Mapping is a method that uses comprehension/concentration skills and evolves in a note taking form which relates each fact or idea to every other fact or idea. Mapping is a graphic representation of the content of a lecture. It is a method that maximizes active participation, affords immediate knowledge as to its understanding, and emphasizes critical thinking.

mapping

Advantages – This format helps you to visually track your lecture regardless of conditions. Little thinking is needed and relationships can easily be seen. It is also easy to edit your notes by adding numbers, marks, and color coding. Review will call for you to restructure thought processes which will force you to check understanding. Review by covering lines for memory drill and relationships. Main points can be written on flash or note cards and pieced together into a table or larger structure at a later date.

Disadvantages – You may not hear changes in content from major points to facts.

When to Use – Use when the lecture content is heavy and well-organized. May also be used effectively when you have a guest lecturer and have no idea how the lecture is going to be presented.

4. THE CHARTING METHOD

Method – Determine the categories to be covered in lecture. Set up your paper in advance by columns headed by these categories. As you listen to the lecture, record information (words, phrases, main ideas, etc.) into the appropriate category.charting

Advantages – Helps you track conversation and dialogues where you would normally be confused and lose out on relevant content. Reduces amount of writing necessary.
Provides easy review mechanism for both memorization of facts and study of comparisons and relationships.

Disadvantages – Few disadvantages except learning how to use the system and locating the appropriate categories. You must be able to understand what’s happening in the lecture.

When to Use – Test will focus on both facts and relationships. Content is heavy and presented fast. You want to reduce the amount of time you spend editing and reviewing at test time. You want to get an overview of the whole course on one big paper sequence.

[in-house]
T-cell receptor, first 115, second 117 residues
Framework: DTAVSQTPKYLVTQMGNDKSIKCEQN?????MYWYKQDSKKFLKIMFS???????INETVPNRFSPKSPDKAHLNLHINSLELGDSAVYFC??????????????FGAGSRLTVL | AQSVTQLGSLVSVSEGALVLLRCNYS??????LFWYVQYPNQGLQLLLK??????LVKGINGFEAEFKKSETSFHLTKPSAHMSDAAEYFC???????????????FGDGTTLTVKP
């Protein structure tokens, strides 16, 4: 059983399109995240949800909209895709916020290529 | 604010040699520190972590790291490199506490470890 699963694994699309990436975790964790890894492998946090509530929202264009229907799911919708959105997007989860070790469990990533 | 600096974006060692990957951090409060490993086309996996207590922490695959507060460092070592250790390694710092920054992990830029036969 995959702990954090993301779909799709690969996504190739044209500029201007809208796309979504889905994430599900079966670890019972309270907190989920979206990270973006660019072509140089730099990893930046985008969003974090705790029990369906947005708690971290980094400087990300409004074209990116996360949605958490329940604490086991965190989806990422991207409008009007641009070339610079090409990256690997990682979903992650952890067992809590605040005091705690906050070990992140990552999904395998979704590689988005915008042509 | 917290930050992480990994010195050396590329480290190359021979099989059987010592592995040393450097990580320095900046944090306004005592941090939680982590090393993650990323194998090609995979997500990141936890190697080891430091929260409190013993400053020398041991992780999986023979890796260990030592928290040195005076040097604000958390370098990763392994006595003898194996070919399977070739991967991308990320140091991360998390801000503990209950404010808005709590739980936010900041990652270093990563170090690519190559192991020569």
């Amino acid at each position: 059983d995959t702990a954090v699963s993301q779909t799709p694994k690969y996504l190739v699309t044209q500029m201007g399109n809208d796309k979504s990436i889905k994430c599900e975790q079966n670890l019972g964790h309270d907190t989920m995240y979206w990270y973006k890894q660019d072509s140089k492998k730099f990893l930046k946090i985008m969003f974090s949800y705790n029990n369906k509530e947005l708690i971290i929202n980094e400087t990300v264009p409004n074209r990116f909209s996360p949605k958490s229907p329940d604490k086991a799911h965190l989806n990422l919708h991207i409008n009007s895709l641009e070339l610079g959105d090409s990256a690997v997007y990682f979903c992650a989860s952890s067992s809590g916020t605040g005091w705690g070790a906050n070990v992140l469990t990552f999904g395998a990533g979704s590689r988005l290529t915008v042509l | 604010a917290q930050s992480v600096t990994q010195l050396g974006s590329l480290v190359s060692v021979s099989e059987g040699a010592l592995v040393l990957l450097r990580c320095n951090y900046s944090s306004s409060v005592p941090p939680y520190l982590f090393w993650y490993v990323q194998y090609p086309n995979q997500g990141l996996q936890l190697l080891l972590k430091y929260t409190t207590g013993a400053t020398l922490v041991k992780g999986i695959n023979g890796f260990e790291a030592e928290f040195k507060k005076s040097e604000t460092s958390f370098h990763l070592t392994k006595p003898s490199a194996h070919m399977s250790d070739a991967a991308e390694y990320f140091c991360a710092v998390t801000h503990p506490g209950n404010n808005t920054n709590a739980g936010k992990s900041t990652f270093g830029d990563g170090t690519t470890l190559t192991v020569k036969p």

5. THE SENTENCE METHOD
Method – Write every new thought, fact or topic on a separate line, numbering as you progress.

Advantages – Slightly more organized than the paragraph. Gets more or all of the information. Thinking to tract content is still limited.

Disadvantages – Can’t determine major/minor points from the numbered sequence.
Difficult to edit without having to rewrite by clustering points which are related.
Difficult to review unless editing cleans up relationship.

When to Use – Use when the lecture is somewhat organized, but heavy with content which comes fast. You can hear the different points, but you don’t know how they fit together. The instructor tends to present in point fashion, but not in grouping such as “three related points.”

Example 1 –
A revolution is any occurrence that affects other aspects of life, such as economic life, social life, and so forth. Therefore revolutions cause change. (See page 29-30 in your text about this.)
• Sample Notes – Revolution – occurrence that affects other aspects of life: e.g., econ., socl. Etc. C.f. text, pp. 29-30

Example 2 –
Melville did not try to represent life as it really was. The language of Ahab,
Starbuck, and Ishmael, for instance, was not that of real life.
• Sample Notes – Mel didn’t repr. Life as was; e.g. lang. Of Ahab, etc. no of real life.

Example 3 –
At first, Freud tried conventional, physical methods of treatment such as giving baths, massages, rest cures, and similar aids. But when these failed he tried techniques of hypnosis that he had seen used by Jean-Martin Charcot. Finally, he borrowed an idea from Jean Breuer and used direct verbal communication to get an un-hypnotized patient to reveal unconscious thoughts.
• Sample Notes – Freud 1st – used phys. trtment; e.g., baths, etc. This fld. 2nd – used hypnosis (fr. Charcot) Finally – used vrb. commun. (fr. Breuer) – got unhpynop, patnt to reveal uncons. thoughts.

 

Source: California Polytechnic State University
http://sas.calpoly.edu/asc/ssl.html